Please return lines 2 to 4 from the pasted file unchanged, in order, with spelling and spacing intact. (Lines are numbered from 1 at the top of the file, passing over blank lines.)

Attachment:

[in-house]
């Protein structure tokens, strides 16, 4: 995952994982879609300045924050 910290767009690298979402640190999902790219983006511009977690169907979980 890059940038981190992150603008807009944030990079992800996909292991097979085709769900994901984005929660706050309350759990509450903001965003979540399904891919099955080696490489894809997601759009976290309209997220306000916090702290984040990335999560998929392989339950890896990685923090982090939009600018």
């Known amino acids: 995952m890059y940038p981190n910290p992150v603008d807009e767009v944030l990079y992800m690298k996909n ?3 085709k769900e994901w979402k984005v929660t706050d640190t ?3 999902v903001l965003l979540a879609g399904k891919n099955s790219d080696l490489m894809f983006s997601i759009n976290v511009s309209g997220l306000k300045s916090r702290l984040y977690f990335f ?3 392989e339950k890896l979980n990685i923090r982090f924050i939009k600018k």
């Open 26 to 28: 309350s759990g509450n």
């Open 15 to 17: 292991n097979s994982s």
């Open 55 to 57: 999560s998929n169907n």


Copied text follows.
């Protein structure tokens, strides 16, 4: 995952994982879609300045924050 910290767009690298979402640190999902790219983006511009977690169907979980 890059940038981190992150603008807009944030990079992800996909292991097979085709769900994901984005929660706050309350759990509450903001965003979540399904891919099955080696490489894809997601759009976290309209997220306000916090702290984040990335999560998929392989339950890896990685923090982090939009600018």
């Known amino acids: 995952m890059y940038p981190n910290p992150v603008d807009e767009v944030l990079y992800m690298k996909n ?3 085709k769900e994901w979402k984005v929660t706050d640190t ?3 999902v903001l965003l979540a879609g399904k891919n099955s790219d080696l490489m894809f983006s997601i759009n976290v511009s309209g997220l306000k300045s916090r702290l984040y977690f990335f ?3 392989e339950k890896l979980n990685i923090r982090f924050i939009k600018k």
């Open 26 to 28: 309350s759990g509450n």